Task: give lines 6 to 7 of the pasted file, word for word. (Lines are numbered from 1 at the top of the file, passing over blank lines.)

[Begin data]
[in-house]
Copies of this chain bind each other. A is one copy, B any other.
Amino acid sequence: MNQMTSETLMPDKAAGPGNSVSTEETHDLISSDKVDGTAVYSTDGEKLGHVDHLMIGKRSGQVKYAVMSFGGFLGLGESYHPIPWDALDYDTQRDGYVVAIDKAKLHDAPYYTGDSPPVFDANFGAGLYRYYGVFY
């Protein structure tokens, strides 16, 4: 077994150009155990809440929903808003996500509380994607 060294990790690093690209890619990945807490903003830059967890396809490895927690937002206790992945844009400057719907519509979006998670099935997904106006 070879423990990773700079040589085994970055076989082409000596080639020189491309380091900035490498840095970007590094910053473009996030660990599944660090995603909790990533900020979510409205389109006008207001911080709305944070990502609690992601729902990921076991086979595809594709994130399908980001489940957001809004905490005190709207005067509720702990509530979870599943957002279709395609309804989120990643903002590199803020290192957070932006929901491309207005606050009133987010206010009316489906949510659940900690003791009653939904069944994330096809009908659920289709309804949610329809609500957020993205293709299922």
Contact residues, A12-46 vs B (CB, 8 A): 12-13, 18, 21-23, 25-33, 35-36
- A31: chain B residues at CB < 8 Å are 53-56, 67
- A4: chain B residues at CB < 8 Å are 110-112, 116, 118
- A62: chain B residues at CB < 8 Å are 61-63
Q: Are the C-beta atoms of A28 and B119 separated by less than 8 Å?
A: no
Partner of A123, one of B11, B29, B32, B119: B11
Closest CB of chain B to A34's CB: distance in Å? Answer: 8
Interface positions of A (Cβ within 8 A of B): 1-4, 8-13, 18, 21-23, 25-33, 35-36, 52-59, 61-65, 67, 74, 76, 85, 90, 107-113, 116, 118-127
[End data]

- A31: chain B residues at CB < 8 Å are 53-56, 67
- A4: chain B residues at CB < 8 Å are 110-112, 116, 118